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Clean Water: The Next Act: Balancing Health And Industry

Katie Campbell

This fall marks the 40th Anniversary of the Clean Water Act – a piece of legislation that changed the way water  in this country is regulated and protected.

Pollution was supposed to be curtailed so that fish from all the waters in America would be safe for people to eat. 40 years later, though, many waterways still bear fish too tainted to consume safely.

One of the most polluted waterways in the Northwest is Seattle’s Duwamish River. The lower part of the river was declared a Superfund site in 2001. That means the polluters have to work with the Environmental Protection Agency to clean it up.

More than ten years later the EPA and the responsible parties are close to proposing a clean up plan. But there’s still some debate about how clean this river should be.

There’s a line out the door at the South Park Neighborhood food bank early on Saturday morning.

This is a community tucked in between a major highway and a bend in the Duwamish River. The people here are mostly Asian and Hispanic.

Paulina Lopez is from South Park and volunteers at the food bank. She’s checking people in and stamping the backs of their hands so they can go in and get fresh produce, milk, toilet paper and other necessities.

Even with these supplies, Lopez knows some of the people that come to the food bank eat what they catch in the Duwamish, even though there are signs warning against it. Many of the crabs, shellfish and bottom-feeding fish here are contaminated with carcinogens.

A woman in a pink sweatshirt with little white stars walks up to the counter to check in.

“My name is Aun Le. I live here, my house (laughing)." She sometimes goes with her friends and family to fish. And they all eat the fish.

“We don’t have a good sense of the numbers but we know there are people from a variety of different racial and ethnic backgrounds who fish on the river.” Dr. Bill Daniell is an associate professor at the University of Washington’s School of Public Health.

He’s studying the health impacts for people living along the Duwamish as part of the superfund clean up process. These are some of the poorest communities in Seattle.

“The concern is that these are populations that, on average, many of these groups already suffer or experience health disparities or disparities in health risk and is it really fair?”

That right there is the big picture question for this clean up. Should this river be clean enough for people like Aun Le to eat out of? How much money should be spent trying to get there?

The current clean up plan favored by the EPA and responsible parties would cost 300 million dollars. It would include dredging contaminated muck from some parts of the river bottom and capping it over with clean sediment.

That plan could get pollutant levels down by 90 percent over the next 17 years.

Stephanie Jones-Stebbins is the director of seaport environmental and planning for the Port of Seattle. The Port is one of the responsible parties involved in the clean up. I took the question about Aun Le to her.

“With the technology we have today we cannot reduce the risk from eating fish from the river to an unlimited amount. It’s an urban environment," she explains. "When the cleanup is done it will be at a similar level to other urban areas throughout the sound and throughout the country but there will be risk.”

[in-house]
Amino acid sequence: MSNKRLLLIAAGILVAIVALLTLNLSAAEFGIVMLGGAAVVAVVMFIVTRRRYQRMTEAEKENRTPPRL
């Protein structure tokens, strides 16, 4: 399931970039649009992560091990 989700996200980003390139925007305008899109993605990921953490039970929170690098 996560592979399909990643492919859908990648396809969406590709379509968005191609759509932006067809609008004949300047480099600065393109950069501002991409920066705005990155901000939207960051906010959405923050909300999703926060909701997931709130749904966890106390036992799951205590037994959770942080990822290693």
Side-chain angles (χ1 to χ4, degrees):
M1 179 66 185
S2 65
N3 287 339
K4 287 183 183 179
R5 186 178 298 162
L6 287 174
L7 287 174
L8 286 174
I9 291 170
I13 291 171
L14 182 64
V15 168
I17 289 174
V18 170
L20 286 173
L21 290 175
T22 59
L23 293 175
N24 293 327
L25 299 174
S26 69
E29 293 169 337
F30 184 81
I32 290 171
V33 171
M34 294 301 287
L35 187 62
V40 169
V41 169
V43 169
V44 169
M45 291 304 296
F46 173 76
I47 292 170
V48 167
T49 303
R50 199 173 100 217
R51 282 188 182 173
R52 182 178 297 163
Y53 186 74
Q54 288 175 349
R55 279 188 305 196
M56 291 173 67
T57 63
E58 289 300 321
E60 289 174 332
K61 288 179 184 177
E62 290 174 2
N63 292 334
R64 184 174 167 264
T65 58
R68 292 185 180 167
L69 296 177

Jones-Stebbins says that the river will get much cleaner, but at the end of the day, the Duwamish is an industrial waterway. "It’s the economic heart of the region. There’s 100,000 jobs that depend upon it. A good portion of the manufacturing jobs are right here.”

Balancing industrial, wildlife and human use on urban waterways is tricky and the Duwamish isn’t alone in her struggles. Urban areas like Portland’s Columbia River Slough and Idaho’s Boise River have public advisories against eating certain fish as well.

On the Duwamish work has already been done on four of the most polluted spots. The Port, along with King County, the Boeing Company and the city of Seattle are spending over 100 million dollars on the early stages of the clean up.

But it’s not just about cleaning up the old polluted spots. There are modern sources of contamination as well. Every time it rains contaminated storm water flows into the Duwamish from the surrounding 14 miles of industrial and residential areas.

Lori Cohen is the associate director of the superfund clean up program at the Environmental Protection Agency.

She says cleaning up stormwater is a broader and more diffuse problem that’s less easily dealt with than dredging old contaminated muck out of the bottom of a river. “Really it will be a societal decision as to how much we invest in stormwater controls to reduce the impacts to the Duwamish and really to other rivers throughout the country.”

But on the Duwamish Cohen acknowledges that storm water is far less of a problem than the industrial contamination from previous decades.

She says tackling the most polluted parts of the Superfund site is the first step. “We will make some significant progress in eliminating some of the most egregious hot spots that we see in the river and we believe that we will see significant reductions in contamination levels in fish and this will be an ongoing effort for many many years.”

Cohen says it’s impossible to determine how much those levels in fish will drop.

But of all the possible clean up plans the EPA is considering right now, none of them guarantee a river that is safe for regular fish consumption.

The EPA will open the doors for public comment on its proposed clean up plan for the Duwamish River in January.

Copyright 2012 EarthFix

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